100% natural liquid gold – 100% premium & gourmet honey products

Through generations the Turk men were inventing new activities, whereas the women devoted themselves to different ways of producing wholesome end products.

To promote synergy among activities we took up beekeeping some years back. Besides fruit farming and spirit distilling, beekeeping has since then become a huge part of what we do. Bees take care that all the plants in the orchard are pollinated, while we take care that honey is an ingredient in a large number of delicious liqueurs.

Aside from a stationary beehive, located in the orchard, we also have a portable one. Thus we can move our bees to different locations all over Slovenia, mostly to our friends and acquaintances on organic farms where the bees can fly around and collect honeydew. Besides classic honey we have also created some other amazing honey mixtures such as honey with organic "super herbs”, honey with bee pollen, and many other healthy dainties.

No bees, no life

Honey bees have been around as long as flowers, collecting pollen and nectar which become honey. As bees gather pollen, they also pollinate plants. It is estimated that one third of the world’s crop production is pollinated by bees.

Without bees, life would disappear. Or as Albert Einstein long ago warned us:
"If the bee disappears from the surface of the earth, man would have no more than four years to live. No more bees, no more pollination, no more plants, no more animals, no more man.” 

As a food, honey has been consumed for more than 8,000 years. Some of the earliest evidence about honey consumption is from cave painting near Valencia, Spain. Called "liquid gold” and "the nectar of the Gods”, honey was known for its healing properties already in antiquity. Pythagoras said that he "would have died 40 years earlier if he didn’t eat honey”, whereas Aristotle wrote that honey falls from the sky when stars rise. According to ancient Egyptians honey was the tears of the sun god Ra.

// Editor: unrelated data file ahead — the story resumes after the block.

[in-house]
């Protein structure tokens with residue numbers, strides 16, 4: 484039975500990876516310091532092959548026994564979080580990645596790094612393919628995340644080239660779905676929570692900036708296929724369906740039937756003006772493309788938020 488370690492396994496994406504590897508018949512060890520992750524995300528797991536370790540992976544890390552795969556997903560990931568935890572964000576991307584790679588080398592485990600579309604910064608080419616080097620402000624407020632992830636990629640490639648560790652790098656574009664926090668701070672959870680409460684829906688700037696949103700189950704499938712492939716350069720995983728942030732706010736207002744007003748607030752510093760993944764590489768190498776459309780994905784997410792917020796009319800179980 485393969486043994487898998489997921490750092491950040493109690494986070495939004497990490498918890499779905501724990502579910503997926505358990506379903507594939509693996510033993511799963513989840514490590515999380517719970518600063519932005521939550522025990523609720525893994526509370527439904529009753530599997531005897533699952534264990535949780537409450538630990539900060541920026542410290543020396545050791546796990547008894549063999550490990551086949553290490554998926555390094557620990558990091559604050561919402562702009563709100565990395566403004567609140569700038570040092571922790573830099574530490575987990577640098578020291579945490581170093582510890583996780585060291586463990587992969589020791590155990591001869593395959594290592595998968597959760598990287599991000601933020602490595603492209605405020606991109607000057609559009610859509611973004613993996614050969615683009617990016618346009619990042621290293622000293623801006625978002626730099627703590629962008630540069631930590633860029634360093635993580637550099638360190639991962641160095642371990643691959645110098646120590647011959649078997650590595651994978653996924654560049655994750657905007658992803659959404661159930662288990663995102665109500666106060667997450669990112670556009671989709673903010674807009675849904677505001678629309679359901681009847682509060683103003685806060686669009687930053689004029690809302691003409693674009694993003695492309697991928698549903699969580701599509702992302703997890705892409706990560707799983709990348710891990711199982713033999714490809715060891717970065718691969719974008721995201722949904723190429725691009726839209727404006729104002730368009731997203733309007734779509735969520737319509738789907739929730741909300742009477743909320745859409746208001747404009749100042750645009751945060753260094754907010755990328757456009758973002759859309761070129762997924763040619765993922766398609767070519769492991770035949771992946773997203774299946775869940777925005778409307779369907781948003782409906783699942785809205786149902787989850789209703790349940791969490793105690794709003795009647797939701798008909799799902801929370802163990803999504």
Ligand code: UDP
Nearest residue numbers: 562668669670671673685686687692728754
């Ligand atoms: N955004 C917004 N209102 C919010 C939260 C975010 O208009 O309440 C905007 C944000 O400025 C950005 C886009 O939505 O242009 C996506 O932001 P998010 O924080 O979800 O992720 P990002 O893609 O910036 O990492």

Homemade Slovenian honey

Honey is a sweet, thick, tasty and aromatic liquid with colours ranging from golden to bronze. There are many varieties of honey. Its colour, flavour, and even aroma may differ depending on the whereabouts of the floral source visited by honey bees. The taste of honey varies from location to location as well as from month to month. Therefore each honey type is unique and some are better than others.

It is essential that bees collect nectar in clean and natural environment, free of pollution and conventional farming which includes the excessive use of pesticides, insecticides, and herbicides. Otherwise the residues of these synthetic chemicals may end up in honey.

Slovenia is a small, geographically diverse, extremely clean and eco-friendly country producing premium honey. Geographical diversity, various climate zones, and a varied flora in such as small area enable production of many different types of honey. Therefore Slovenian honey is one of the top-ranked honeys in the world.